‘To a degree I can understand it and the critical opinions towards the club, towards us who represent that club. I can understand that and we cannot fully free ourselves from it. 

‘At the moment we don’t feel responsible for all this. We feel that it is horrible and there can be no doubt about it. War in Europe was unthinkable for me for a long period.’

Thomas Tuchel (right) says Chelsea ‘feel horrible’ about the Russian invasion of Ukraine

Putin’s invasion of Ukraine has turned up the heat on Abramovich’s ownership of Chelsea higher than it has ever been turned up before. 

Last week, Labour MP Chris Bryant called for Abramovich to be sanctioned and stripped of his ownership of the club. 

‘Surely Mr Abramovich should no longer be able to own a football club in this country?’ Bryant said. ‘Surely we should be looking at seizing some of his assets, including his £150 million home.’

That, presumably, was part of the reason why Abramovich released a statement on Saturday evening saying he was ‘giving trustees of Chelsea’s charitable Foundation the stewardship and care of Chelsea FC’. 

The statement caused a stir, which was its purpose, and it was a clever piece of public relations but it means very little. Abramovich was moving to protect an asset in case the UK Government comes after him. He was trying to protect Chelsea from the pariah status its association with him is now inviting. He is feeling the heat but he still owns the club.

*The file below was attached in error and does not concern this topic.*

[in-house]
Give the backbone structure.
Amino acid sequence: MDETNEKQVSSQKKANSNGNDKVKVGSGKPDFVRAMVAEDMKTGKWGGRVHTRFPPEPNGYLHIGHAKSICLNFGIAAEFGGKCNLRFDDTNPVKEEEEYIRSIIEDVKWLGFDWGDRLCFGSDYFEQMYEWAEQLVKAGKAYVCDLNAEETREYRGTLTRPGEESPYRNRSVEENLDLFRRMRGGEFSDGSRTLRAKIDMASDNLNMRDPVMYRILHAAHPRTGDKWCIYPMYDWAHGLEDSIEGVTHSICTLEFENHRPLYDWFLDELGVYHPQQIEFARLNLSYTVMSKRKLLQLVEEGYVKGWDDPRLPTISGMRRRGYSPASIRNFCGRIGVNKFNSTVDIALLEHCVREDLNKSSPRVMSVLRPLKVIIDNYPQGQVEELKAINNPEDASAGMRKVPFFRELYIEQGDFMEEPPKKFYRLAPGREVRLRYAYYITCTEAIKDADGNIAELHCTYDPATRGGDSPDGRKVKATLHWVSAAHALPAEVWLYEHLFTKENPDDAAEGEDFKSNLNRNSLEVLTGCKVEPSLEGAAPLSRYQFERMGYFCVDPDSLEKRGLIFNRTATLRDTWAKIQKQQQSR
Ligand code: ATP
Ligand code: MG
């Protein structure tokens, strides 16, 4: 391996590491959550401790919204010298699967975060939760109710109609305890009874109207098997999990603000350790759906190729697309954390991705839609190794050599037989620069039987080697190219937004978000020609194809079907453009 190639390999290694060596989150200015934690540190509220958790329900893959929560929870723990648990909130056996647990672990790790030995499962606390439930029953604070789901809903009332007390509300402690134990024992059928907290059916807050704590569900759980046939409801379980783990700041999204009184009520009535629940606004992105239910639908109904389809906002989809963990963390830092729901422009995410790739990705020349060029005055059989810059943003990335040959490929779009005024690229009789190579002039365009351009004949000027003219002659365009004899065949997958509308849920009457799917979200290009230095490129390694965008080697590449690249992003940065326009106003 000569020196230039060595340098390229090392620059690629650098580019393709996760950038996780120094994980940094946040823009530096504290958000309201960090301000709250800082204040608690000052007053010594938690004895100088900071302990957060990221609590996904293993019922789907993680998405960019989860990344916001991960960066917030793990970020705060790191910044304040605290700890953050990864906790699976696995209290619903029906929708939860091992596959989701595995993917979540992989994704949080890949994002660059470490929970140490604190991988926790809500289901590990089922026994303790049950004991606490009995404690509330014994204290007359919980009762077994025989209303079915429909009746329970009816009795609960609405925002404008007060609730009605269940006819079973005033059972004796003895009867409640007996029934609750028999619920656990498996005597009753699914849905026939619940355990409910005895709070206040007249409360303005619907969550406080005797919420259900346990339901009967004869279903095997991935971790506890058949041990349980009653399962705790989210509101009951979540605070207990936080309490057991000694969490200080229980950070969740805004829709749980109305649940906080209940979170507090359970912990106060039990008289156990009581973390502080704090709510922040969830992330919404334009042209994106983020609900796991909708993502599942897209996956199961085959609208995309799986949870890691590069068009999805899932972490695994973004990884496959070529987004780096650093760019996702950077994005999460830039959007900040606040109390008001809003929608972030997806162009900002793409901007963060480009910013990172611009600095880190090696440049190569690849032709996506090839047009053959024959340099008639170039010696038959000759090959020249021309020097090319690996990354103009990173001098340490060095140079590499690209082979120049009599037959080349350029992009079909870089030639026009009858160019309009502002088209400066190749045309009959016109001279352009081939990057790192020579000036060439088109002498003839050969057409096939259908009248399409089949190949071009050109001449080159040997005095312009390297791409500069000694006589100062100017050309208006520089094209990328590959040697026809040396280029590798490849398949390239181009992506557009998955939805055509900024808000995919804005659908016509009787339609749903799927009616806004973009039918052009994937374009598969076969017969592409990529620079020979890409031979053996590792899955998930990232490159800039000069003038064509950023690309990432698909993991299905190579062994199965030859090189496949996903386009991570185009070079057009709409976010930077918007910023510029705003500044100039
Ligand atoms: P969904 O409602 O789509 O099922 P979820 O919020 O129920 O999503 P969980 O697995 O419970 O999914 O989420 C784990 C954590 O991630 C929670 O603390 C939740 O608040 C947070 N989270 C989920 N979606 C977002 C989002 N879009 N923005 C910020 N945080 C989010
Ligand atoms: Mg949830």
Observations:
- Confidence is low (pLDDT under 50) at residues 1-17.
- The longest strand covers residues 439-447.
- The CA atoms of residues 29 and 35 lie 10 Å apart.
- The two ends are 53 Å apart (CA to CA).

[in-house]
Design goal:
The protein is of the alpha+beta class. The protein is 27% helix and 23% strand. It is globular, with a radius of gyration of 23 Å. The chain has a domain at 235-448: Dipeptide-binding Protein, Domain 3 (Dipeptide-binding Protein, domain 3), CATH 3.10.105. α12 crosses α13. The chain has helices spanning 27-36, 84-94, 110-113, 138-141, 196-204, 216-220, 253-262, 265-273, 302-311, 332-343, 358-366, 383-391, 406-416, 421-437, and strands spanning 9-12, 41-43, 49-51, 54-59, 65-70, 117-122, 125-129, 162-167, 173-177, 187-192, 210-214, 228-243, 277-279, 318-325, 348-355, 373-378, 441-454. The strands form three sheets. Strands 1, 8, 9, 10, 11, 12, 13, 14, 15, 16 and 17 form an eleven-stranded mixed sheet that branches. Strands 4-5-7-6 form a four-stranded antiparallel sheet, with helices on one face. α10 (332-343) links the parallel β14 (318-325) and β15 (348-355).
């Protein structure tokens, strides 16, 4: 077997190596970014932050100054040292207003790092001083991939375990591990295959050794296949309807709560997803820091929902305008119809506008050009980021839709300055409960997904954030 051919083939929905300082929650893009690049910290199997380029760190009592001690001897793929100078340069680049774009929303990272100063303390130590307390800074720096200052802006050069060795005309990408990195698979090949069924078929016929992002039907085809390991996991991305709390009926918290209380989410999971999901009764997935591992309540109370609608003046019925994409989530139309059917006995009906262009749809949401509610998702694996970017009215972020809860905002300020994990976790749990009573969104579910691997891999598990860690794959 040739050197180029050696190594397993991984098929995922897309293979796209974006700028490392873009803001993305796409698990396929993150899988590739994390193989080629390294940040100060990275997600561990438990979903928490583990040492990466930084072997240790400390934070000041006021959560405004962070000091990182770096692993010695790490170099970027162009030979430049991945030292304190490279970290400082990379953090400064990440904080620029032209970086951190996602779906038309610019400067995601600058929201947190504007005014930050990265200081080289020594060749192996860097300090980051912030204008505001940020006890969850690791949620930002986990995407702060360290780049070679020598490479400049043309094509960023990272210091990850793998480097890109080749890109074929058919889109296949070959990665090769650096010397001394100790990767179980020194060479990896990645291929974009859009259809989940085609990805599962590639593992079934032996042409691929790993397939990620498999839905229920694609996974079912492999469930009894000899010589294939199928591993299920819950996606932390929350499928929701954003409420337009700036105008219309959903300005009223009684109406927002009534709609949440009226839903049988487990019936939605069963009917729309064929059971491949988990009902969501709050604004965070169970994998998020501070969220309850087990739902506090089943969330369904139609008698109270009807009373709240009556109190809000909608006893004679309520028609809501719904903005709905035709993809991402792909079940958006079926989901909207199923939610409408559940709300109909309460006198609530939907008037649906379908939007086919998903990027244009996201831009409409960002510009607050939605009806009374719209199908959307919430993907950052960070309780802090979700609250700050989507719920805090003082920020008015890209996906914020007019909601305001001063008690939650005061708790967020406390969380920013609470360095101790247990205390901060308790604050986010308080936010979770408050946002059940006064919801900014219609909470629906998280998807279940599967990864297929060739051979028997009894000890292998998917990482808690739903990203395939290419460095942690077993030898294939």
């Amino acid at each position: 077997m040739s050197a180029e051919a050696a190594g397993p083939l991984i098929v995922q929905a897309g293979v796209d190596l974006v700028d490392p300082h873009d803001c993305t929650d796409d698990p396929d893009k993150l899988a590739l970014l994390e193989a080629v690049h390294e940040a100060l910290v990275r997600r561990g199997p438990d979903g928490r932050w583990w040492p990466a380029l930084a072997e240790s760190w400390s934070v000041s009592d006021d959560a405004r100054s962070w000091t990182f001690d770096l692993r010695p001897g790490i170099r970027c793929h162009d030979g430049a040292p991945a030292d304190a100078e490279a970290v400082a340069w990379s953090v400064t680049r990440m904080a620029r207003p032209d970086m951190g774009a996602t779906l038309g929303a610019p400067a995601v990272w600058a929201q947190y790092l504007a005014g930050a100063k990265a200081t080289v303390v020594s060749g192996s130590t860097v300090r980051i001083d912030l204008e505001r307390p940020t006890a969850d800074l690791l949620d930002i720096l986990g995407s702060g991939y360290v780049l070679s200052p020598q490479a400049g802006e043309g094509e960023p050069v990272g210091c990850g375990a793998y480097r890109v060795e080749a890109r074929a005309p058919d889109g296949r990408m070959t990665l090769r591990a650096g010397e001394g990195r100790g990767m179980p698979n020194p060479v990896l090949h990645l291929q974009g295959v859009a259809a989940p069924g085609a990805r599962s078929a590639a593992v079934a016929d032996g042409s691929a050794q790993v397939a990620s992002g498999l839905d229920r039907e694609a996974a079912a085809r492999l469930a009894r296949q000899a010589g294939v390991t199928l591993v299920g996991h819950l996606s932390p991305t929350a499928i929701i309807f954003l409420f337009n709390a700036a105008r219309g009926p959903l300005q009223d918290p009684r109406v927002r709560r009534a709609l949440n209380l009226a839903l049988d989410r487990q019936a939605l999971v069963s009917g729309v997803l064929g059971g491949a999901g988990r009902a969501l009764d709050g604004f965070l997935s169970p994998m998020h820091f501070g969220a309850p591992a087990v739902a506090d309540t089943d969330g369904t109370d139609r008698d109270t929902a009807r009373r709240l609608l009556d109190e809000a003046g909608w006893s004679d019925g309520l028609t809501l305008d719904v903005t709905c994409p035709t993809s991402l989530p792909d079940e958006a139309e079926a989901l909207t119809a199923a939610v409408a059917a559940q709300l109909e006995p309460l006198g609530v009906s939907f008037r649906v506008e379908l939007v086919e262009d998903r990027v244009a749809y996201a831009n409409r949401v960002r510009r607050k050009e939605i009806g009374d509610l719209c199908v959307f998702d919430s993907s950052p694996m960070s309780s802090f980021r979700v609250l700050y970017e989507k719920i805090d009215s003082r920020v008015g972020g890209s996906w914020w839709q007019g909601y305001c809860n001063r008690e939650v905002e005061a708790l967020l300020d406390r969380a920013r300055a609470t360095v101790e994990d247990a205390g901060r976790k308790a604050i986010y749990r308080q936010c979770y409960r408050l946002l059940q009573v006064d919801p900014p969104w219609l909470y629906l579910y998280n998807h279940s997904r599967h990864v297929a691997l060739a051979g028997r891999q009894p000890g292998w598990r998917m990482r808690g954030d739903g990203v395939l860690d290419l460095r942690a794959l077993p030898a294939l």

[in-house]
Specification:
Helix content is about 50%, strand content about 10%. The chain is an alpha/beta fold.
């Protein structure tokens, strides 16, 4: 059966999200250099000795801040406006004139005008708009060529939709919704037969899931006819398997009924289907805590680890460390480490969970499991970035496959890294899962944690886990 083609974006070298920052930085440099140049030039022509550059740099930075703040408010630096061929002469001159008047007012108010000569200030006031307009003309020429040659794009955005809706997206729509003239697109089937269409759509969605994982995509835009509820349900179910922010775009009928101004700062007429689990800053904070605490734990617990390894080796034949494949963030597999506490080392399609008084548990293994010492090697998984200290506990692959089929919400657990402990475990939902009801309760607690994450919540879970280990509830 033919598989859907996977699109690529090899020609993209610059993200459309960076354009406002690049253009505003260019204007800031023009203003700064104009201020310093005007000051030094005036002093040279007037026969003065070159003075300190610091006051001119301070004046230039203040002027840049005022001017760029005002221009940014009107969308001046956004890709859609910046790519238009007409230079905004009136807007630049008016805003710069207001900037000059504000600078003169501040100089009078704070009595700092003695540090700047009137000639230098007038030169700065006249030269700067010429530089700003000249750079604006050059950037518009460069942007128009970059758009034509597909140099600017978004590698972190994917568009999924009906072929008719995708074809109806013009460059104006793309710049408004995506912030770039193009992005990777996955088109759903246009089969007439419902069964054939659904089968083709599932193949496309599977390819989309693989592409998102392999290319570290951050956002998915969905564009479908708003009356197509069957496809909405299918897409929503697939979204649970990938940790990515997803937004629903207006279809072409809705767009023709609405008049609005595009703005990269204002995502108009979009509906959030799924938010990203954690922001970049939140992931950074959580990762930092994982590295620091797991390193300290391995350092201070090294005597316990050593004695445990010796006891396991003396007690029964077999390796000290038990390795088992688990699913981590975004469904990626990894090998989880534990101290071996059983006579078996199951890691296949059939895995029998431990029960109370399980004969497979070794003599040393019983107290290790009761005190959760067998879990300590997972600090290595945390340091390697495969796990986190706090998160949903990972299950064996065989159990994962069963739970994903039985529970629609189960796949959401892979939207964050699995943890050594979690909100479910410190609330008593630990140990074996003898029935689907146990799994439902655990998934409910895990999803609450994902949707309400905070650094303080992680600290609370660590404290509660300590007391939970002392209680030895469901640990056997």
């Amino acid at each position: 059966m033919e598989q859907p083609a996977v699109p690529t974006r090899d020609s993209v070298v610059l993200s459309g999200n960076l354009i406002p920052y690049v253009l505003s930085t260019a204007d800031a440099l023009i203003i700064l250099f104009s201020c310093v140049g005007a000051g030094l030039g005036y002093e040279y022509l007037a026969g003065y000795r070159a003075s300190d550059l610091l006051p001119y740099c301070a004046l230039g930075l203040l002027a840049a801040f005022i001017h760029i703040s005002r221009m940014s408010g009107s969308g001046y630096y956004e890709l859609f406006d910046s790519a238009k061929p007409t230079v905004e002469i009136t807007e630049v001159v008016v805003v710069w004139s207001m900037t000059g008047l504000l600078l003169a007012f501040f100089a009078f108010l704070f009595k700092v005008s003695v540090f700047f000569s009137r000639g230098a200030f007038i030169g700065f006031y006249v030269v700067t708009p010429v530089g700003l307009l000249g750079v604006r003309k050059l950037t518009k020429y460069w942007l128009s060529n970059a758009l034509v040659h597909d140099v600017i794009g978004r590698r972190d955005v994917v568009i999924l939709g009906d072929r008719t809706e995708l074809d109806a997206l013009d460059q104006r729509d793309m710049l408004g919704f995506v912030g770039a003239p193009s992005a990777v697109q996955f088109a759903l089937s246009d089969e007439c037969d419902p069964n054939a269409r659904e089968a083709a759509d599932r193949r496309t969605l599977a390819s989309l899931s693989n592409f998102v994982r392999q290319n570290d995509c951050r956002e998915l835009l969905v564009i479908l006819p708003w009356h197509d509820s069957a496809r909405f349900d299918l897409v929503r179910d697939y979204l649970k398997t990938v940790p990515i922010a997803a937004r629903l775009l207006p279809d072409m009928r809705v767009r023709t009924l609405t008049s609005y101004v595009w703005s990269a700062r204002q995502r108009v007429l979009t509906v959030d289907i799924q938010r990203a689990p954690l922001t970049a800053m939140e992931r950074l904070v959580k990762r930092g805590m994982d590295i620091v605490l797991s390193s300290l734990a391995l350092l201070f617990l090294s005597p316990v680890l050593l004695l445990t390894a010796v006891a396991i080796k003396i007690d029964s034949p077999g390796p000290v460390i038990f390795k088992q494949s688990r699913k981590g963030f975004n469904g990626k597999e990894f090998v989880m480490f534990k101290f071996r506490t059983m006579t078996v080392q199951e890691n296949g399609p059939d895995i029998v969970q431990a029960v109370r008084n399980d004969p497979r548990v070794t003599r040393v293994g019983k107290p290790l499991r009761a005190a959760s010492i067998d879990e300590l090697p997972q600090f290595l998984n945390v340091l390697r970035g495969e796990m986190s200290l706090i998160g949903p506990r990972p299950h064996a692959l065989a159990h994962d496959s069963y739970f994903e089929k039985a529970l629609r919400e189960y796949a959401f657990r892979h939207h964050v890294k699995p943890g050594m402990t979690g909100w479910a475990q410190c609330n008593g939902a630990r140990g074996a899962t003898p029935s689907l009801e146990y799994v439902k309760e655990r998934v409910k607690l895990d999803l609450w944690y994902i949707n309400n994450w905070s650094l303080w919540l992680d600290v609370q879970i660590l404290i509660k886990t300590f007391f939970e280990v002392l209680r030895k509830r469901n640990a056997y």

Perhaps it would be more useful to focus on what Abramovich’s statement did not say.

 He did not express any regret that Russia had invaded Ukraine. He did not express any regret that Russian forces were murdering innocent Ukrainian civilians. He did not distance himself from Putin. 

Abramovich released a statement on Saturday evening saying he was ‘giving trustees of Chelsea’s charitable Foundation the stewardship and care of Chelsea FC’

He did not express, in a statement about Chelsea, that his country’s actions have put Tuchel and his players in a ‘terrible’ position ahead of Sunday’s game.

Because what do Chelsea do now? Presumably taking to the pitch at Wembley draped in Ukrainian flags, as Everton and Manchester City did at Goodison yesterday, would be a little embarrassing, given their owner’s association with the invader. Do they attempt any show of sympathy for Ukraine’s plight? Presumably not. Do they just ignore it?

What a shameful, shameful mess. This is what English football has become. This is what we have let the Premier League become. 

We have got awfully good at letting butchers and tyrants and kleptocrats and oligarchs use us for their own ends. We have got awfully good at turning the other way when these people use our great football clubs to camouflage what their governments are doing at home.